Lumbar Epidural Injection

What is the epidural space?

The covering over the nerve roots in the spine is called the dura. The space surrounding this dura is called the epidural space. Nerves travel through the epidural space before they travel down into your legs. The nerves leave the spine from small nerve holes. Inflammation of these nerve roots may cause pain in your hip, buttock and legs. These nerve roots may become inflamed due to irritation from a damaged disc or from contact with a bone spur.

What is a lumbar epidural injection and why is it helpful?

A caudal epidural injection places anti-inflammatory medicine into the epidural space to stop nerve root inflammation, therefore hopefully reducing hip, buttock and leg pain. This is more commonly used in those with previous back surgery to avoid the scar tissue at the surgical levels. By stopping or limiting nerve root inflammation we may be able to reduce your pain. The epidural injection may assist the injury to heal by reducing inflammation. Although not always helpful it usually reduces pain and improves in the majority within 3-7 days. It may provide permanent relief or provide a period of pain relief that will allow other treatments like physical therapy to be more effective. We hope it will reduce your pain during the next several months while the injury/cause of your pain is healing.

What will happen to me during the procedure?

First an IV is started so that you may be given medicine for relaxation if you so desire. Next, while lying on an x-ray table your skin will be well cleaned. The physician will numb a small area of skin just above the crease in between your buttocks which may sting for a few seconds. Next, the physician will use x-ray guidance to direct a small needle into the epidural space through the tiny bone opening (sacral hiatus) just above the crease in between your buttocks. He will then inject contrast dye to confirm that the medicine spreads to the affected nerve root(s) in the epidural space. If the medicine does not travel high enough to reach the affected nerve root(s) the physician may use a small catheter to reach the target epidural space. After this, the physician will inject a combination of numbing medicine and time release anti-inflammatory cortisone.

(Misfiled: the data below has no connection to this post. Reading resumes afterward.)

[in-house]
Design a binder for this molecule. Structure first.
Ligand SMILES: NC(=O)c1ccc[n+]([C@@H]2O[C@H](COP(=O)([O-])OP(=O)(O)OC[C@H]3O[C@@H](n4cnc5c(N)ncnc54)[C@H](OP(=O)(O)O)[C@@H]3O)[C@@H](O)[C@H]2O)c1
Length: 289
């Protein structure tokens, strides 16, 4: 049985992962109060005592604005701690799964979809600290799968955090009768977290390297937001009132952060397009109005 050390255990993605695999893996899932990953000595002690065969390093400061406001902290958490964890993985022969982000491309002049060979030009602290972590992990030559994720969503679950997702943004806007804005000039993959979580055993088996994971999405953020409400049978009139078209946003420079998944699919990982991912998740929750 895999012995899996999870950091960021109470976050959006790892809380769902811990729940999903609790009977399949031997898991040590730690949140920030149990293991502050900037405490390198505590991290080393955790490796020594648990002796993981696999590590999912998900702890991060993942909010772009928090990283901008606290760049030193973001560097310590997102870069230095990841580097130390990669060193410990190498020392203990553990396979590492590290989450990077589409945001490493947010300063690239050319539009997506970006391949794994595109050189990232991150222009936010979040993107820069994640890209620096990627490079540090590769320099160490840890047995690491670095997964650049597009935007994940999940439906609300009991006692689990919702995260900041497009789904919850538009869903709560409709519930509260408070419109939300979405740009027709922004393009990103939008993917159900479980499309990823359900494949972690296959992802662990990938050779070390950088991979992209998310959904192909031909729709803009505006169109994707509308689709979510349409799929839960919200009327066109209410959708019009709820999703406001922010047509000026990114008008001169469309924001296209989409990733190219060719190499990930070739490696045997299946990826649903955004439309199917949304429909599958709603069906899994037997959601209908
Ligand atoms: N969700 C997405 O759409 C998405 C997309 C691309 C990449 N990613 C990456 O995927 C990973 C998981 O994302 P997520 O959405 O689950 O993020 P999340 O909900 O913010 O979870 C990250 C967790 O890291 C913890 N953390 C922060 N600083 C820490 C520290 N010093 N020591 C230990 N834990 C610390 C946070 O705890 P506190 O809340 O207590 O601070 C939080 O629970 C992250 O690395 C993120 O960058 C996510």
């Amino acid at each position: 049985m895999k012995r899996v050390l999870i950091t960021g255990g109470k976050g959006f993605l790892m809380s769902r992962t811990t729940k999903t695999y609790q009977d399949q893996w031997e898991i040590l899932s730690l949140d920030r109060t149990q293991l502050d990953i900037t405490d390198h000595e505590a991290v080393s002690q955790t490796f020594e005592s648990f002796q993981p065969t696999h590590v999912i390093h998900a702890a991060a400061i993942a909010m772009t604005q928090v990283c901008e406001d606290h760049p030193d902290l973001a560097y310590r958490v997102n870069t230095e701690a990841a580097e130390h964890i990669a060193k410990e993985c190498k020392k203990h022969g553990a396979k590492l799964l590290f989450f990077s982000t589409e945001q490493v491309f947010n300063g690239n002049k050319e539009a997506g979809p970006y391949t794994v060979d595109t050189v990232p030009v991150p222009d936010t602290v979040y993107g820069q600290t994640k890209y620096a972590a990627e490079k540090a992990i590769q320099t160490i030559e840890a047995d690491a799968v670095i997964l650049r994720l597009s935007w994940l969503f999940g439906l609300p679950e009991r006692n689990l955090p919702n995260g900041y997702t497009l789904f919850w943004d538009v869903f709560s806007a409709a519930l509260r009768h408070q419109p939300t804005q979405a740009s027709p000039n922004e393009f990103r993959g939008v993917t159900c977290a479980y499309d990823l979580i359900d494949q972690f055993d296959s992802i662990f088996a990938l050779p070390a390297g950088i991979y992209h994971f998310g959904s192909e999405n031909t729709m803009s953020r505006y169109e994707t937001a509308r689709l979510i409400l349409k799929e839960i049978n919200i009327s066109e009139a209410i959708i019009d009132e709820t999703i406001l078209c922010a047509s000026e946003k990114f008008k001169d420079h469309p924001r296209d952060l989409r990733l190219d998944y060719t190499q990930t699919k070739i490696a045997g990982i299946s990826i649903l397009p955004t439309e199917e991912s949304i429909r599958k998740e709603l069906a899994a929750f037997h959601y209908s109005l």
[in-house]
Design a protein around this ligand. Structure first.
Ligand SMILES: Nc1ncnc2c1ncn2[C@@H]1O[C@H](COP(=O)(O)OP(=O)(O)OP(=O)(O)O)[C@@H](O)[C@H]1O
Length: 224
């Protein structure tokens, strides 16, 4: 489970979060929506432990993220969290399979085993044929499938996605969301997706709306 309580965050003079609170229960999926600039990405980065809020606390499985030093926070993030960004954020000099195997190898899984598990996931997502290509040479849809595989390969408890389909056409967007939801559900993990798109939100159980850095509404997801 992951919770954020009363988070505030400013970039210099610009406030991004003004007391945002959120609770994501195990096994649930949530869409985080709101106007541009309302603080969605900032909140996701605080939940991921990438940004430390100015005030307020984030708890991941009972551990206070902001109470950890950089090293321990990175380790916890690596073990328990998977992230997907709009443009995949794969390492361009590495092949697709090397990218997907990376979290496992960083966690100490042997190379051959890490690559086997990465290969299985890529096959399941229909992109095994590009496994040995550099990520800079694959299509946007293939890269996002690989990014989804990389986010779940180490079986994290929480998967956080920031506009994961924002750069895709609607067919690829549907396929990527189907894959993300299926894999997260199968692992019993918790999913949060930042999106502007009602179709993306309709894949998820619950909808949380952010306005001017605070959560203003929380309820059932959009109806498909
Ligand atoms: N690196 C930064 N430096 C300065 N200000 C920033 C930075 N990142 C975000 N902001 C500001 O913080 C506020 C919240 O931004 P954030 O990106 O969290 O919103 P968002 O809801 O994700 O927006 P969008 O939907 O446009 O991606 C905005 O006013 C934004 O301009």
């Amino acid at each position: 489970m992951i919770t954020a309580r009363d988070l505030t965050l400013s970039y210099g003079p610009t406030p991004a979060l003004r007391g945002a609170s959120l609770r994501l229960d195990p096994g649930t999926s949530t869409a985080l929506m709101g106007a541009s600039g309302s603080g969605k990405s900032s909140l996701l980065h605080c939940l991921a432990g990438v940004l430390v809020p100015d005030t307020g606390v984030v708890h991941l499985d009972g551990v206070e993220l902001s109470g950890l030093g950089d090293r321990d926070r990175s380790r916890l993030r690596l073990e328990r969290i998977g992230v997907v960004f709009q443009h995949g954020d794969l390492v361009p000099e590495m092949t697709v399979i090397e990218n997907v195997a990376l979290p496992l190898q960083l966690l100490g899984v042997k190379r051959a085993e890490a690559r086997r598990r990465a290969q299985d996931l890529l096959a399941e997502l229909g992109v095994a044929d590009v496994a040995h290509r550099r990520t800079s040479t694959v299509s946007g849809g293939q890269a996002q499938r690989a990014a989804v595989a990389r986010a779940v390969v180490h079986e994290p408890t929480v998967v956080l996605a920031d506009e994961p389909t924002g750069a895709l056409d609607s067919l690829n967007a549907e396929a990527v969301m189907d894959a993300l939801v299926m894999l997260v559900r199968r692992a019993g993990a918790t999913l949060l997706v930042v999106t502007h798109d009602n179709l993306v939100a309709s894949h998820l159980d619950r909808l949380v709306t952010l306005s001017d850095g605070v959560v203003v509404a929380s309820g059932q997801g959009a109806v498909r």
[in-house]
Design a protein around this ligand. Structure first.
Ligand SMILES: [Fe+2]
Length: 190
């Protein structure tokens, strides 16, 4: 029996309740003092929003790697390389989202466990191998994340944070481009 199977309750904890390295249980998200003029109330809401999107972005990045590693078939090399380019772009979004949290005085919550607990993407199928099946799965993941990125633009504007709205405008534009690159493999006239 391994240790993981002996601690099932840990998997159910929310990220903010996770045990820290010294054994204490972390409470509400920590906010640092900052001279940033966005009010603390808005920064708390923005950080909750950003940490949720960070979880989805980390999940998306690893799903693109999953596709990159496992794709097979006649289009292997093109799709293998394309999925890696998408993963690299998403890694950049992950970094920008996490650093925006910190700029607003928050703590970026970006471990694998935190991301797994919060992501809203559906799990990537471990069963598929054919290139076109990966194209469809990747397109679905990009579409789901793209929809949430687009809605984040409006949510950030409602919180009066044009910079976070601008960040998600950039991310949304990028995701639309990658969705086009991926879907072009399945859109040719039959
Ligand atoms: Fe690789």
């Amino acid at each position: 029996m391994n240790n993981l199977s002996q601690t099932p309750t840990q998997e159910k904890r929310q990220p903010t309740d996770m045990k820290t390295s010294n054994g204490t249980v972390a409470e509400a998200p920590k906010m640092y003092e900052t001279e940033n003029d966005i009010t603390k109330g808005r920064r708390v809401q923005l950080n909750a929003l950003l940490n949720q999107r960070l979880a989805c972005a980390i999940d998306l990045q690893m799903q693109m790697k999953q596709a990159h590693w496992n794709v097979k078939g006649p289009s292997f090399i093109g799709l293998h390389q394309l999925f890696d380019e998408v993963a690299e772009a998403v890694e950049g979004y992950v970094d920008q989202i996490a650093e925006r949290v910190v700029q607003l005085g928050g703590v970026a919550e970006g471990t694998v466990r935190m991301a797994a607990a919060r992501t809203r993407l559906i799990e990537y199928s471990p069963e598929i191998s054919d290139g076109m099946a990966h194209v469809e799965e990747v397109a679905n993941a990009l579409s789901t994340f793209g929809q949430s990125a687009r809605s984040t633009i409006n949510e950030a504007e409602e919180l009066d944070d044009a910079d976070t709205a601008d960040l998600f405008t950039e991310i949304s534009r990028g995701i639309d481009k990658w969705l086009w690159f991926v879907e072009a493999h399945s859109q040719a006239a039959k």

What should I do after the procedure?

You will wait 30-60 minutes in recovery before going home. You should not drive for eight hours following this procedure. Please record your pain relief during the next week on a “pain diary” we will provide to you. Mail the completed pain diary back to Tyler Neurological Associates. If you experience complete or more than 90% relief of your pain the procedure should not be repeated. If you experience partial relief it may be beneficial to repeat the procedure in about two weeks. If you experience no relief, notify the office and the procedure will probably not be repeated. We perform a maximum of three injections each 2 weeks apart.

General Pre/Post Instructions

You should eat a light, but not a full meal at least 2 hours before the procedure. If you are an insulin dependent diabetic do not alter your normal food intake. Take your routine medications before the procedure (such as high blood pressure and diabetes medications). Stop aspirin and all anti-inflammatory medications (e.g. Motrin/Ibuprofen, Aleve, Relafen, Daypro) 3 days before the procedure. These medicines may be re-started the day after the procedure. You may take your regular pain medicine as needed before/after the procedure. If you are on coumadin, heparin, lovenex, plavix or ticlid you must notify our office so that the timing of stopping these medications can be explained. If you are on antibiotics please notify our office, we may wait to do the procedure. If you have an active infection or fever we will not do the procedure. You will be in the hospital as an out-patient for 2-3 hours even though you see the physician for 20 minutes. You will need to bring a driver with you. You may return to your current level of activities the next day including return to work.